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Kindo A.J.,Sri Ramachandra Medical College and Research Institute
Saudi journal of kidney diseases and transplantation : an official publication of the Saudi Center for Organ Transplantation, Saudi Arabia | Year: 2013

Fungal infection secondary to renal transplantation poses a significant threat to the life of the recipient with a high rate of morbidity and mortality. A high index of suspicion is necessary for early diagnosis of fungal infections in such patients. We herein report a fatal case of prostatic abscess in a post-renal transplant recipient. Source


Giri S.,JIPMER Pondicherry | Kindo A.J.,Sri Ramachandra Medical College and Research Institute
Indian Journal of Medical Microbiology | Year: 2012

The incidence of candidemia has been on a rise worldwide. The epidemiology of invasive fungal infections in general and of candidemia in particular has changed in the past three decades because of a variety of factors like the AIDS epidemic, increased number of patients receiving immunosuppressive therapy for transplantation and the increasing use of antimicrobials in the hospital setups and even in the community. The important risk factors for candidemia include use of broad-spectrum antimicrobials, cancer chemotherapy, mucosal colonization by Candida species, indwelling vascular catheters like central venous catheters, etc. More than 90% of the invasive infections due to Candida species are attributed to five species-Candida albicans, Candida glabrata, Candida parapsilosis, Candida tropicalis and Candida krusei. However, the list of new species of Candida isolated from clinical specimens continues to grow every year. Early diagnosis and proper treatment is the key for management of candidemia cases. Source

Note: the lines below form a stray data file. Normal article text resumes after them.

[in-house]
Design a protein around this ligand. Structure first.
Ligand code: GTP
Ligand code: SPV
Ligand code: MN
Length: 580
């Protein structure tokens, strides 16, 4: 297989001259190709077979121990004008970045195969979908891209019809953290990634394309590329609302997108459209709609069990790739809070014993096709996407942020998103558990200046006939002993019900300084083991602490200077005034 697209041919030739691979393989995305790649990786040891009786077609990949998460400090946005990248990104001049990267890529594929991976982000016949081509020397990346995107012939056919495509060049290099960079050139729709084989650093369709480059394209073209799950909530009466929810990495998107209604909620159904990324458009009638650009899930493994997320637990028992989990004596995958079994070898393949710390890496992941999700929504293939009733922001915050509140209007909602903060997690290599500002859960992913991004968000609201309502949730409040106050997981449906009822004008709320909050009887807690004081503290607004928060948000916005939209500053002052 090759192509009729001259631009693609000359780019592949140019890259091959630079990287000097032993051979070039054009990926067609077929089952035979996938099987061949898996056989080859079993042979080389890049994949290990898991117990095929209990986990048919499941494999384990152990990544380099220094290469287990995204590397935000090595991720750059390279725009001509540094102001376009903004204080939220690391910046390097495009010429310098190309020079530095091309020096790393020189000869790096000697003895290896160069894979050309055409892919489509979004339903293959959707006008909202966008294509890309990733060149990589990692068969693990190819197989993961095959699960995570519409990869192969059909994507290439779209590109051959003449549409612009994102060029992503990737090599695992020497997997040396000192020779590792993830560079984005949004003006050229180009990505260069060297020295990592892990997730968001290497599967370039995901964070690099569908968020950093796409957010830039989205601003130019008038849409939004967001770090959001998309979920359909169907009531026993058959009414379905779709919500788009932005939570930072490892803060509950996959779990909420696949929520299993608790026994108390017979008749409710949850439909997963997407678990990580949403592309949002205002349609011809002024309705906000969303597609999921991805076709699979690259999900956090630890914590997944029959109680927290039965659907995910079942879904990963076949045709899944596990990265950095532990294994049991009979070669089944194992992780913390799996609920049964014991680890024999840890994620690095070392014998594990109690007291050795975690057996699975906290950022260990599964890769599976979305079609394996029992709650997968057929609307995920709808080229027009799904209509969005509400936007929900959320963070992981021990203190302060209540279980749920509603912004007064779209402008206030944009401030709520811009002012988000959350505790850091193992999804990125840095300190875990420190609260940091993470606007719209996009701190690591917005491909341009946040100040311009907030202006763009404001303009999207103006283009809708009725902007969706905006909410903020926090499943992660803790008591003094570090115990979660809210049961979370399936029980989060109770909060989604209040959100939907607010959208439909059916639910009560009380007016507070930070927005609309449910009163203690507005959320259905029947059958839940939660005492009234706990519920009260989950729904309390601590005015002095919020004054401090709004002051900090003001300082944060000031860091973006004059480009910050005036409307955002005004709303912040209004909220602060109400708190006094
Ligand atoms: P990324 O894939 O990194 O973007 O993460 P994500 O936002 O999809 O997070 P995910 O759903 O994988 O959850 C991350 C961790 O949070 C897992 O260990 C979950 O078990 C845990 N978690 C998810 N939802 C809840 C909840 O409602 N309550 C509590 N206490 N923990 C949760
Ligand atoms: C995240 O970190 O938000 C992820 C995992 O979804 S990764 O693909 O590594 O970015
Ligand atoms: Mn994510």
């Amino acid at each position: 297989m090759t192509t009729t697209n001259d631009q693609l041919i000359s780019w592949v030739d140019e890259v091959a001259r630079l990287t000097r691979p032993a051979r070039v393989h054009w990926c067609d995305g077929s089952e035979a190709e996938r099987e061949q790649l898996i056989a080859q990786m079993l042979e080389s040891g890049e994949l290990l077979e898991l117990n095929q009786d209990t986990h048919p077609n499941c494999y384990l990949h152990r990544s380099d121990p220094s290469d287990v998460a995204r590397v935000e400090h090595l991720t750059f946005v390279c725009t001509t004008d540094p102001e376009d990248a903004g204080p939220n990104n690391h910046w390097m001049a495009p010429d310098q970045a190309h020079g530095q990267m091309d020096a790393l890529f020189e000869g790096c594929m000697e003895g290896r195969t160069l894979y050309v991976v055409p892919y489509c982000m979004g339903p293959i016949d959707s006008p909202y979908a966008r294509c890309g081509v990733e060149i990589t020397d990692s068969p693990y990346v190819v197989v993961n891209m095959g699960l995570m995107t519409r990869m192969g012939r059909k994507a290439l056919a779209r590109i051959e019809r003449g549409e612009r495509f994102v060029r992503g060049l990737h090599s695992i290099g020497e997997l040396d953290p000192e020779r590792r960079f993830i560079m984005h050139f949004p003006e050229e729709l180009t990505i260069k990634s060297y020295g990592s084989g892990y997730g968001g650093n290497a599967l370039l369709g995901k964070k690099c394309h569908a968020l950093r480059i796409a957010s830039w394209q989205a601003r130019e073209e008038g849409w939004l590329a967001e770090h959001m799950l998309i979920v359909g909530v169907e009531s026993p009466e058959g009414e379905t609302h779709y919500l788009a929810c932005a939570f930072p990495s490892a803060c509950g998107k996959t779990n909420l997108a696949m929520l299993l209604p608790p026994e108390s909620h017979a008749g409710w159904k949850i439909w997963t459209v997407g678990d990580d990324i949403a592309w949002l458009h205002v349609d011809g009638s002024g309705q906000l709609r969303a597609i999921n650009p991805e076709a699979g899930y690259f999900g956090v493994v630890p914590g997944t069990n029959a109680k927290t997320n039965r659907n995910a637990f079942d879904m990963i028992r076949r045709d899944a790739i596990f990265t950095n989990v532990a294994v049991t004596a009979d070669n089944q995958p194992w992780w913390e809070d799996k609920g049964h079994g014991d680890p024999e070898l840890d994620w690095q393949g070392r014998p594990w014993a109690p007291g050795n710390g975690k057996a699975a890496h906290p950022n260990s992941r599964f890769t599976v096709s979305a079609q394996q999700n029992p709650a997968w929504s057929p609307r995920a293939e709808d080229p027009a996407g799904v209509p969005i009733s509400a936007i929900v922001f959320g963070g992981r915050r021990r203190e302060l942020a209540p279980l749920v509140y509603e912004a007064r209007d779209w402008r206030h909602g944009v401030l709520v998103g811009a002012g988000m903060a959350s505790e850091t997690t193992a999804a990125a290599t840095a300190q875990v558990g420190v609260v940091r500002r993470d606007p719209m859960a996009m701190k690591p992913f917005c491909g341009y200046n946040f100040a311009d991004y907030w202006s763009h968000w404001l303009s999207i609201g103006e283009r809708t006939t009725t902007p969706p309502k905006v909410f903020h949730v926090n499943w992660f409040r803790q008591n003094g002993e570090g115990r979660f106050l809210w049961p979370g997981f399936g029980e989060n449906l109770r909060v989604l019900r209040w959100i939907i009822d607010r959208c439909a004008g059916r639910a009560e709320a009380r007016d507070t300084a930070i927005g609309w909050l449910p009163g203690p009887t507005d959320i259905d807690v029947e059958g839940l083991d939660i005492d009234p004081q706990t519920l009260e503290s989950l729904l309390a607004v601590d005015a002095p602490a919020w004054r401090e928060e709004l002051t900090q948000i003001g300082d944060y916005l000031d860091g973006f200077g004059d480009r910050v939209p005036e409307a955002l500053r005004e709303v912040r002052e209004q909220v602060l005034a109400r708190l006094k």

Thanka J.,Sri Ramachandra Medical College and Research Institute
Laryngoscope | Year: 2015

Objectives/Hypothesis: To establish an animal model for post-intubation laryngotracheal injuries resulting in significant laryngotracheal insult without compromising the survival of the animal for a minimum period of 12 weeks post-extubation. To study the extent of injury based on morphometric and histopathological change seen at 12 weeks post-extubation.Study Design: Randomized block, single-blinded, experimental study.Methods: Twelve New Zealand white rabbits were used in this study. The rabbits were randomly divided into three groups depending on the duration of intubation (6 hours, 4 hours, and 2 hours, respectively). The technique of intubation was standardized. Post-extubation, these rabbits were humanely sacrificed after observation for 12 weeks or when they developed severe respiratory distress. The larynx and trachea were subjected to gross and histopathological examination.Results: Histopathological examination and statistical analysis showed significant subglottic injury in all group B rabbits (intubated for 4 hours), and all of them survived for 12 weeks.Conclusion: In this study, an animal model for inducing and studying laryngotracheal injuries due to endotracheal intubation has been established. This study has the potential applications in research on etiopathogenesis and management of post-intubation laryngotracheal injuries. © 2014 The American Laryngological, Rhinological and Otological Society, Inc. Source


Shanthi Amudhan M.,Sri Ramachandra Medical College and Research Institute | Sekar U.,Sri Ramachandra Medical College and Research Institute | Kamalanathan A.,Central Leprosy Teaching and Research Institute | Balaraman S.,Central Leprosy Teaching and Research Institute
Journal of Infection in Developing Countries | Year: 2012